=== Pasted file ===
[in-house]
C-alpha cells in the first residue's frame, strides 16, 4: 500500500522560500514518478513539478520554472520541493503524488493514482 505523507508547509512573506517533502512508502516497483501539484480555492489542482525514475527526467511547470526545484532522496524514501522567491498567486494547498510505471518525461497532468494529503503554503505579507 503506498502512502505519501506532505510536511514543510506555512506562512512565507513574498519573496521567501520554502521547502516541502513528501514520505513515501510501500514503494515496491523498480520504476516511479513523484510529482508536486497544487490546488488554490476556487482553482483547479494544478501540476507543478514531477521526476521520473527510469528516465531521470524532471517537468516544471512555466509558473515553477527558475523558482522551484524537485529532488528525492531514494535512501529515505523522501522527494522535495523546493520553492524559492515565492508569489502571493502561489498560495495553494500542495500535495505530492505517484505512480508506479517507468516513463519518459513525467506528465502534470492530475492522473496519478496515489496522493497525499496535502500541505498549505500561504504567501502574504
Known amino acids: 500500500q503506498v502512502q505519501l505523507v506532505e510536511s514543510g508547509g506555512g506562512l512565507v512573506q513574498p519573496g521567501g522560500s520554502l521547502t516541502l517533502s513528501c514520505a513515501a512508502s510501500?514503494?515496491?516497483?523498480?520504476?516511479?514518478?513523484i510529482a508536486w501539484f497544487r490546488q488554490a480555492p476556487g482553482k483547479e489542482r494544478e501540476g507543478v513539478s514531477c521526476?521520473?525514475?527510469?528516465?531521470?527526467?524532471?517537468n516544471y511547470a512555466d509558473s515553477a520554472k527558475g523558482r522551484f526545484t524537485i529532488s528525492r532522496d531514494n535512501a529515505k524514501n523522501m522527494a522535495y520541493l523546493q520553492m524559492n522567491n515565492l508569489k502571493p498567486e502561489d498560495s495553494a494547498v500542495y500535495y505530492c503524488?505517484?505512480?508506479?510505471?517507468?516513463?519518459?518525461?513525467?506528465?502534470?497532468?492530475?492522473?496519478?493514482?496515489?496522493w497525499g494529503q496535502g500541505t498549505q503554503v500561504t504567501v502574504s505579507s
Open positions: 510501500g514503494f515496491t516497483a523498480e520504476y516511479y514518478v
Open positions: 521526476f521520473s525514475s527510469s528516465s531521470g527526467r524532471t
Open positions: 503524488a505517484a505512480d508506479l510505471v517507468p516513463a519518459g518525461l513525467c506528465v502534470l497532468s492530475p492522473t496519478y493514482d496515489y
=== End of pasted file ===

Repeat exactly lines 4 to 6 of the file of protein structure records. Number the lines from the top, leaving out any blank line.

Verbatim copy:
Open positions: 510501500g514503494f515496491t516497483a523498480e520504476y516511479y514518478v
Open positions: 521526476f521520473s525514475s527510469s528516465s531521470g527526467r524532471t
Open positions: 503524488a505517484a505512480d508506479l510505471v517507468p516513463a519518459g518525461l513525467c506528465v502534470l497532468s492530475p492522473t496519478y493514482d496515489y